It’s a very different kind of year when we get to 15th January and I’ve still not seen any new film releases. 15TH JANUARY! I’d been to the cinema three times by this time twelve months ago. Of course then we hadn’t quite know what those months would look like but now we are only too aware and with cinemas closed again, or for some people in the world still closed, and with big movies being delayed again (No Time to Die has just had its date moved a third time, moving from April to November) it is difficult to be fully optimistic about the cinematic year ahead.
Actually though, while it may yet be some months until it starts, with many of 2020’s films being delayed it could end up being a bumper year. Also the streaming services are really coming into their own and having had little for the first two weeks suddenly this week we’ve got new arty robot film Archive, stylish animation Away, action movie Outside the Wire, Robert Pattinson and Mia Wasikowska Western Damsel (which with that title is bound to be fascinating from a feminist point of view, one way or another), a new adaptation of Noel Coward’s Blithe Spirit and this film One Night in Miami.
Pieces of a Woman did hit Netflix last week but knowing the subject I’ve not brought myself to watch it yet. Again, this purporting to be a feminist blog, that title demands I do. As it is though, the Not Left Handed Either Film Guide, which includes a regular section called The Ripley Factor looking at representations of women in film, is starting 2021 with a movie that barely has any women in it at all. What it has got is four men meeting up in a hotel the night after one of them has had the defining moment of his career; those four men being Muhammad Ali, Malcolm X, NLF star/actor Jim Brown and king of soul Sam Cooke.
Written by Kemp Powers from his own play, One Night in Miami posits what may have been discussed between these four friends who really did meet up the night of Ali’s championship win against Sonny Liston, 25th February 1964. Initially debuting on stage seven years ago, the film comes at a good time. Interestingly the Black Lives Matter movement was also born in 2013 but it has just had a significant year and Black cinema is also at the front of many new minds with the recent releases of Queen & Slim, Just Mercy, Ma Rainey’s Black Bottom, the five Small Axe films, Da 5 Bloods and Soul (co-directed by Powers) and due to the sad loss of Chadwick Boseman. It is probably worth mentioning in terms of mainstream media, that Star Trek has also just put a black women in the Captain’s chair for the first time in a show Discovery, that Kemp Powers was also heavily involved in.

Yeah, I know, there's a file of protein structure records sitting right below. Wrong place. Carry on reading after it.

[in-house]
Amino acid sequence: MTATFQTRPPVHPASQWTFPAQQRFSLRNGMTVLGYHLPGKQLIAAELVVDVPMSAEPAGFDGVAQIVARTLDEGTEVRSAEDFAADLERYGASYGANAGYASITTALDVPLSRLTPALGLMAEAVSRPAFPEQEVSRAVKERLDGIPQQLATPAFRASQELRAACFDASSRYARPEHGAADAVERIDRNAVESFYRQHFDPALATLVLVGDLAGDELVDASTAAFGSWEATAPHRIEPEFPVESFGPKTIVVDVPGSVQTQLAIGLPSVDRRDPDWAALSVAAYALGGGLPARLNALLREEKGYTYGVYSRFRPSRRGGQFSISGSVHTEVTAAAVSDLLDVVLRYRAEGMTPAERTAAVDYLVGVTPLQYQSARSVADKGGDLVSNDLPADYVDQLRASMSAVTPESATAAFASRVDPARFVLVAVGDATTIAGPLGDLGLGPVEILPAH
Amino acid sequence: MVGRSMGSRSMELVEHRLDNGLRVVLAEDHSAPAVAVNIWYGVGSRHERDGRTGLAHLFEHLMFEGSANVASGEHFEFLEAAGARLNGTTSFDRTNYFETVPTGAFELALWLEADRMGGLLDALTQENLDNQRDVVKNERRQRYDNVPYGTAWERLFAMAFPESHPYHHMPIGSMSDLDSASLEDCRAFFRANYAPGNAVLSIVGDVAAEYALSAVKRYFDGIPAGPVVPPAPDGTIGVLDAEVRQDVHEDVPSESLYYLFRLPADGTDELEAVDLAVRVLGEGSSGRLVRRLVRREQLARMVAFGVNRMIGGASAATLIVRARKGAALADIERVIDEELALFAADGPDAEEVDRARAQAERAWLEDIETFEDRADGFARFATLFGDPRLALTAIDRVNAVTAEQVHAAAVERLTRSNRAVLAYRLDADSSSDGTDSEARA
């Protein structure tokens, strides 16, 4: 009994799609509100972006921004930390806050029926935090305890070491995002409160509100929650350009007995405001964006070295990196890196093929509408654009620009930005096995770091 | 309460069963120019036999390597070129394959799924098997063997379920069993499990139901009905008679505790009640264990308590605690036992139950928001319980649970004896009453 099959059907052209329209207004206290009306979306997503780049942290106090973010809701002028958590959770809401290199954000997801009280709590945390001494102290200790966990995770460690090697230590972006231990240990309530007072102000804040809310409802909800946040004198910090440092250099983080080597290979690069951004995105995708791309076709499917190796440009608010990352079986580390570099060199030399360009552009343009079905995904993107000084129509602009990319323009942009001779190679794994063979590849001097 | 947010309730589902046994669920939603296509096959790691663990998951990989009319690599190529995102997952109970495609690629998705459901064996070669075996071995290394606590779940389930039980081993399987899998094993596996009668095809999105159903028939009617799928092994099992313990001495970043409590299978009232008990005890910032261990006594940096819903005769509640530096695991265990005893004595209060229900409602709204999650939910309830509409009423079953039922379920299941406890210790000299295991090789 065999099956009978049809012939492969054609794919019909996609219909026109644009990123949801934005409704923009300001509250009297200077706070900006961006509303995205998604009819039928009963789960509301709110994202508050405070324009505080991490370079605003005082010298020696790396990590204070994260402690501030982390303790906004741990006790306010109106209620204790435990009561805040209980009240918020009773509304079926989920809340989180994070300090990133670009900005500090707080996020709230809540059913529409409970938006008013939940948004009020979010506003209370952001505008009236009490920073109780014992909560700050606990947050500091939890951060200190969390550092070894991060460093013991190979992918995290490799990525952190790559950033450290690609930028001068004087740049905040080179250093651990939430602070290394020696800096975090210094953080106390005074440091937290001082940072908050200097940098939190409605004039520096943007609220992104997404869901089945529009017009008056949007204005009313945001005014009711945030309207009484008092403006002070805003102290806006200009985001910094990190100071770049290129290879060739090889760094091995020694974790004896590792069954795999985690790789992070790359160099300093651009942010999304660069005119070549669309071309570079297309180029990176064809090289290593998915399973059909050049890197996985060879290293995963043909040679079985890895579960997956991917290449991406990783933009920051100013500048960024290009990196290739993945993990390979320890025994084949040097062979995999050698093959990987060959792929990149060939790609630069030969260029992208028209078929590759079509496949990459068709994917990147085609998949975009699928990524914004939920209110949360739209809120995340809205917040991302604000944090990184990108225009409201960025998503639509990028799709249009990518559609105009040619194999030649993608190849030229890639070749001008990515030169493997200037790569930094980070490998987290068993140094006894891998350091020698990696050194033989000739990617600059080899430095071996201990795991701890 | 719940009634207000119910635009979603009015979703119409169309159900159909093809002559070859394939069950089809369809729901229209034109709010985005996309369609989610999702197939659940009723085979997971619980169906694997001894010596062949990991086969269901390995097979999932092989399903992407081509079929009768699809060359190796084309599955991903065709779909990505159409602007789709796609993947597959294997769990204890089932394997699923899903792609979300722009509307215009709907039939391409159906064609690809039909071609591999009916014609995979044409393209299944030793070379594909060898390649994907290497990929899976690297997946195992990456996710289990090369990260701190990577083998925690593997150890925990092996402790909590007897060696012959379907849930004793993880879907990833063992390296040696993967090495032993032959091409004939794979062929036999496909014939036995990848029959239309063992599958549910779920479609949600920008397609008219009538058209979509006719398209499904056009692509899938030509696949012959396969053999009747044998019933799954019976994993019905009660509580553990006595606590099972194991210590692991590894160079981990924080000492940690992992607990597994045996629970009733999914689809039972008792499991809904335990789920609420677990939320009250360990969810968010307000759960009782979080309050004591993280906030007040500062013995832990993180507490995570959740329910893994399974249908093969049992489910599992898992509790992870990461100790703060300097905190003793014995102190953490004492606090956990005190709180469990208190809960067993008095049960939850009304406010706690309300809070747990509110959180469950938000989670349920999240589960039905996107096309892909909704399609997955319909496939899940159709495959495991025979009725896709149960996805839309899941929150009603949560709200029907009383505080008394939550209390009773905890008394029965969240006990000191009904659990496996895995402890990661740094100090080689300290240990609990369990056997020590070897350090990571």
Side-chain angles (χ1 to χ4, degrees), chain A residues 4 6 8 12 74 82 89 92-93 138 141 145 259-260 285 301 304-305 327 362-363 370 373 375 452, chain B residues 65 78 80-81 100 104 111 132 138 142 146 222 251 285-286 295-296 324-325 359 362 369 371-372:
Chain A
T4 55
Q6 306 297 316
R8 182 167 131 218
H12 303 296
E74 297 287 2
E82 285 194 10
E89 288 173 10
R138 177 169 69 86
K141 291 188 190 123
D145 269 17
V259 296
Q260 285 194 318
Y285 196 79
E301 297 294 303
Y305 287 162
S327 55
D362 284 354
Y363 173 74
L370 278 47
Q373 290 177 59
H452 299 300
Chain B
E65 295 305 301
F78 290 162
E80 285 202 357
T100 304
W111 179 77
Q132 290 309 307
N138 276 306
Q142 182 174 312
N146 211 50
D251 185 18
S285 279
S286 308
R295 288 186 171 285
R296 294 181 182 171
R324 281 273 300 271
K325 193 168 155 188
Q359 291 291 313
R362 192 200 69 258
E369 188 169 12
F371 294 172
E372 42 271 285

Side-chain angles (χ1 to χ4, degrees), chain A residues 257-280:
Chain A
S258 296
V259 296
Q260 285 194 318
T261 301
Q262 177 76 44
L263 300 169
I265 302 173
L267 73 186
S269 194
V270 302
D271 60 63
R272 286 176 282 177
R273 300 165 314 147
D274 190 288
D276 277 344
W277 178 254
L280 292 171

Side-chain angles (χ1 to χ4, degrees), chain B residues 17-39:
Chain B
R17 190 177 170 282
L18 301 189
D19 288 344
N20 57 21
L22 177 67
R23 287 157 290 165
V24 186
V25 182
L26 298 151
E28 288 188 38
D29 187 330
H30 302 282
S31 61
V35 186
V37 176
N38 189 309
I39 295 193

What the best of these movies all do, like the recent demonstrations around the death of George Floyd, is really highlight the experience of being black in contemporary society, even if some of them are set decades ago. One Night in Miami explores the motivations of these four famous and influential men, and in doing so examines the responsibilities they felt in using their popularity for the good of civil rights. Catching Cassius Clay the night he announced his name change, Malcolm X as he prepares to leave The Nation of Islam and Sam Cooke as he starts to record songs about more than just romantic love, it explores the duties and risks around their differing stances; stand points that within a year had got one, or possibly two, of them killed. (Cooke was shot by the female manager of a hotel he was staying in, in what was legally recorded as self defence but some believe was politically motivated.)
One Night in Miami never quite gets away from its theatrical roots, despite the usual efforts to throw things a little wider most of the action still takes place in one room, but the conversation feels both important and natural and the performances are all strong.
The Ripley Factor:
Okay, so the film does not come even close to passing the Bechdel test; the only women briefly in it are Mrs Cooke and Mrs X. Wait though because unusually (16%) there is a women behind the camera. One Night in Miami is the directorial debut of actor Regina King who was brilliant to Emmy winning form in the excellent Watchmen and to Oscar winning form in the astonishing If Beale Street Could Talk. I wouldn’t be surprised if she gets awards attention for this too. It isn’t ground breaking but it is solid and in places things are shot differently, possibly because she is a woman. Tempers do rise with emotions as the men debate the issues but at no point is there any aggression or posturing in the way they deal with one another. Not even with one of them being among history’s greatest fighters (although paradoxically he was also one of history’s greatest pacifist). From the opening boxing scenes you know you are watching something similar but with a different approach and this follows through the rest of the movie.